characterize fuzzy
infinite ways to define fuzzy
membership functions.
Membership function essentially embodies all fuzziness
for a particular fuzzy set, its description is essential to
fuzzy property or operation.
Features of Membership Function
Core
:
comprises
of
elements
x
of
the
universe,
such
that
A
(x)
=
1
Support
:
comprises
of
elements
x
of
universe,
such
that
A
(x)
>
0
Boundaries
:
comprise
the
elements
x
of
the
universe
0
<
A
(x)
<
1
A
normal
fuzzy
set
has
at
least
one
element
with
membership
1
For
fuzzy
set,
if
one
and
only
one
element
has
a
membership
=
1
,
this
element
is
called
as
the
prototype
of
set
.
A
subnormal
fuzzy
set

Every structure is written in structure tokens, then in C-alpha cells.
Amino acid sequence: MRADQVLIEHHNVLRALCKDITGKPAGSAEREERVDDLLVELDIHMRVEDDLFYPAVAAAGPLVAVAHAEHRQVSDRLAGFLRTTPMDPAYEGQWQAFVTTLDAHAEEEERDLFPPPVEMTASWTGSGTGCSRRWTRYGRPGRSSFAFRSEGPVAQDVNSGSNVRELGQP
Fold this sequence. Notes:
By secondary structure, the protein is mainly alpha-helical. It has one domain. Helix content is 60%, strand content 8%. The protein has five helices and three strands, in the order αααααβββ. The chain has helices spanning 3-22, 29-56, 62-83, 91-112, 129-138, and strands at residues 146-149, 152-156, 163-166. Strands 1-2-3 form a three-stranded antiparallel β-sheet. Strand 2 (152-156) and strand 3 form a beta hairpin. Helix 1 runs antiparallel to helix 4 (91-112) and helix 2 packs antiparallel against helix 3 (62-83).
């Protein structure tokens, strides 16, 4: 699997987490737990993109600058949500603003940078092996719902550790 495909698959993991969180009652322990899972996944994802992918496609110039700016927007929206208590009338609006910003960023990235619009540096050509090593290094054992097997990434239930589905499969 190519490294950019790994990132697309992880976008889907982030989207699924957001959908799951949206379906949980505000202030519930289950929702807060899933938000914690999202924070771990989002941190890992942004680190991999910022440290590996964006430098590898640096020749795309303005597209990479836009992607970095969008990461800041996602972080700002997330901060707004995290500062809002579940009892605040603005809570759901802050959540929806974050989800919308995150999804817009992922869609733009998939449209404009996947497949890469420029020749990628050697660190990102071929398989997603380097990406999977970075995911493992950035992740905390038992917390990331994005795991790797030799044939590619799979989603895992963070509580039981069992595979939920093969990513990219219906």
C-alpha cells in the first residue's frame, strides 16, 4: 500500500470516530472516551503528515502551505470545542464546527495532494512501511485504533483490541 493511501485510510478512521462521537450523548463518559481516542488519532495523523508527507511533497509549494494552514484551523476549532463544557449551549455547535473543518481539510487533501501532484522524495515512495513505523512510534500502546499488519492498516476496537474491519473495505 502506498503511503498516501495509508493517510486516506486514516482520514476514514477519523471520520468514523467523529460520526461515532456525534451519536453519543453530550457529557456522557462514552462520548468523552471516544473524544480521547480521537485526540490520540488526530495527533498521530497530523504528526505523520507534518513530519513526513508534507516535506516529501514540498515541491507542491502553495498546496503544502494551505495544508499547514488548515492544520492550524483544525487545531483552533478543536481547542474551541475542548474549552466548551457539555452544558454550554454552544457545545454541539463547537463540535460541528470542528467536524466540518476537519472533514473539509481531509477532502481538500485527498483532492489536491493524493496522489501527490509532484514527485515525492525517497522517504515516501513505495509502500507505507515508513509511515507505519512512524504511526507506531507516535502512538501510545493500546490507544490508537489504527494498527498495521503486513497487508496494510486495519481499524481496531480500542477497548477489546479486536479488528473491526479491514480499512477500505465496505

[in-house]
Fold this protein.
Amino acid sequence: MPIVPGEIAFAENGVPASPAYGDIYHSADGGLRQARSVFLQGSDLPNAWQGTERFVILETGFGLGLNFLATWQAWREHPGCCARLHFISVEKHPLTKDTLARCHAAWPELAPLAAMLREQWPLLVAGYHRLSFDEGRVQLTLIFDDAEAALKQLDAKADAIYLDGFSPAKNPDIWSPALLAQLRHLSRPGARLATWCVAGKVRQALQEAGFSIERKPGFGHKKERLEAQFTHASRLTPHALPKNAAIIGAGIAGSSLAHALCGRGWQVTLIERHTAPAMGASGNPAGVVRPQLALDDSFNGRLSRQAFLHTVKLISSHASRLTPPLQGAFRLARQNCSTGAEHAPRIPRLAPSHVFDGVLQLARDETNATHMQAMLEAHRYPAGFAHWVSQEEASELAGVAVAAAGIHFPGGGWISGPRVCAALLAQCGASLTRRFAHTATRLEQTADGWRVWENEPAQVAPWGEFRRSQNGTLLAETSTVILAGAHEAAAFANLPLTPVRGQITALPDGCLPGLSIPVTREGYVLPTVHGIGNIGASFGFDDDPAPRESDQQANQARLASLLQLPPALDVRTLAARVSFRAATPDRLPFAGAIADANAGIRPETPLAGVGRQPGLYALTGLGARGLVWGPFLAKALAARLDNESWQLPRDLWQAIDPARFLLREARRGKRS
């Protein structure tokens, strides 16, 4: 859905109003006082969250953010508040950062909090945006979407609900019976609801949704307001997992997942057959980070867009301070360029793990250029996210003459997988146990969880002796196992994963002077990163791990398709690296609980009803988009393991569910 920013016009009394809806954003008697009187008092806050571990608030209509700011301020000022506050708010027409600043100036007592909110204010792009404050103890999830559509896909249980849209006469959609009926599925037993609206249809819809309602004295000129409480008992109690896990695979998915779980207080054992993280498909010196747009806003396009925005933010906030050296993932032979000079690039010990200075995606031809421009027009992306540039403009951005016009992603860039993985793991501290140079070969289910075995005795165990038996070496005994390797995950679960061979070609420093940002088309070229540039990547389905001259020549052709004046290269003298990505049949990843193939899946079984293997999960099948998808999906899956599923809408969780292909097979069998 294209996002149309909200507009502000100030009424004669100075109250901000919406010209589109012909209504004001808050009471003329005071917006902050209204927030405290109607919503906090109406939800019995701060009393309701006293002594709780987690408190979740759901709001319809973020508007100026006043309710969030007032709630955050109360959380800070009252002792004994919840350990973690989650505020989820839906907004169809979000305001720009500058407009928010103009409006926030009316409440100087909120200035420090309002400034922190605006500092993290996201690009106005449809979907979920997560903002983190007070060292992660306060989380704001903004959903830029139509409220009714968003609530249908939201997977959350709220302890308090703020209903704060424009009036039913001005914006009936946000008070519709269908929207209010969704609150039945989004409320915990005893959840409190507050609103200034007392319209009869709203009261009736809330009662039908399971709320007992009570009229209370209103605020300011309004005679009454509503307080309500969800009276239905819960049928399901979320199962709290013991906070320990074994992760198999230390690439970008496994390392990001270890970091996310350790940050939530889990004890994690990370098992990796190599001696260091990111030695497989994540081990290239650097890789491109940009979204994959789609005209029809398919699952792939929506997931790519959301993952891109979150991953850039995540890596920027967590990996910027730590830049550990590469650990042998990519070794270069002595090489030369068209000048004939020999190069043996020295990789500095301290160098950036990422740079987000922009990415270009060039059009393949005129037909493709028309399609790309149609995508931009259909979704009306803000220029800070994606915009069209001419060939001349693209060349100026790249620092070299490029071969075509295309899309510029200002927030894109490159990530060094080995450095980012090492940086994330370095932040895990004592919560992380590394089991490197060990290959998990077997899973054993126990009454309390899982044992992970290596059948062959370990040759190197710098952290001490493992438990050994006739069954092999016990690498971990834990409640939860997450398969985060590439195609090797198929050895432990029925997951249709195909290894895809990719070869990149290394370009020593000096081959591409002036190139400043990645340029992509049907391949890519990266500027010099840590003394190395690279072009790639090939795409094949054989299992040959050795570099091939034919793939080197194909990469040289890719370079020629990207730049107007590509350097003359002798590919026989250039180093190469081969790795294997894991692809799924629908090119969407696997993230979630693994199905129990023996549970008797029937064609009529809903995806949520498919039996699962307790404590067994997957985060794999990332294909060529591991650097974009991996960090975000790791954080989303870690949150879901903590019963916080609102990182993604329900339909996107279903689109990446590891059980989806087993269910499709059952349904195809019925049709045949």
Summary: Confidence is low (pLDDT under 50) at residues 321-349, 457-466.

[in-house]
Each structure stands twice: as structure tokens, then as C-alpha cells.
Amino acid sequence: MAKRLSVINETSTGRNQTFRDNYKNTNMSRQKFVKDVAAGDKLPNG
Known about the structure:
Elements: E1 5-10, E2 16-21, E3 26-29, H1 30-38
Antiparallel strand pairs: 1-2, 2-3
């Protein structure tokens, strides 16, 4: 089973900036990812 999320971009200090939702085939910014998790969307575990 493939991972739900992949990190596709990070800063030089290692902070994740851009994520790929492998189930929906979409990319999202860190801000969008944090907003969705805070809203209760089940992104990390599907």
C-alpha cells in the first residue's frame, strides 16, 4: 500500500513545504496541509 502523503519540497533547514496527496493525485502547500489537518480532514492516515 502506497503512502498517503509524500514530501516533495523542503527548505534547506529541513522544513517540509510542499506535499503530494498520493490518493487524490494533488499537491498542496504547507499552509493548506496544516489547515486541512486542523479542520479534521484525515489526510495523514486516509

has
no
element
with
membership=
1
.
Features of Membership Function
Graphically,
Features of Membership Function
A convex fuzzy set has a membership whose value is:
1. strictly monotonically increasing, or
2. strictly monotonically decreasing, or
3. strictly monotonically increasing, then strictly
monotonically decreasing
Or another way to describe:
(y) ≥ min[
(x),
(z)], if x < y < z
If A and B are convex sets, then A
B is also a convex set
Crossover points have membership 0.5
Height of a Fuzzy set is the maximum value of the
membership: max{
A
(x)}
Features of Membership Function
If height <
1
, the fuzzy set is subnormal.
Fuzzy number: like a number is close to
5
. It has to have
the properties:
1
. A must be a normal fuzzy set.
2
.
A must be closed for all
(
0
,
1
].
3
. The support,
0
A must be bounded.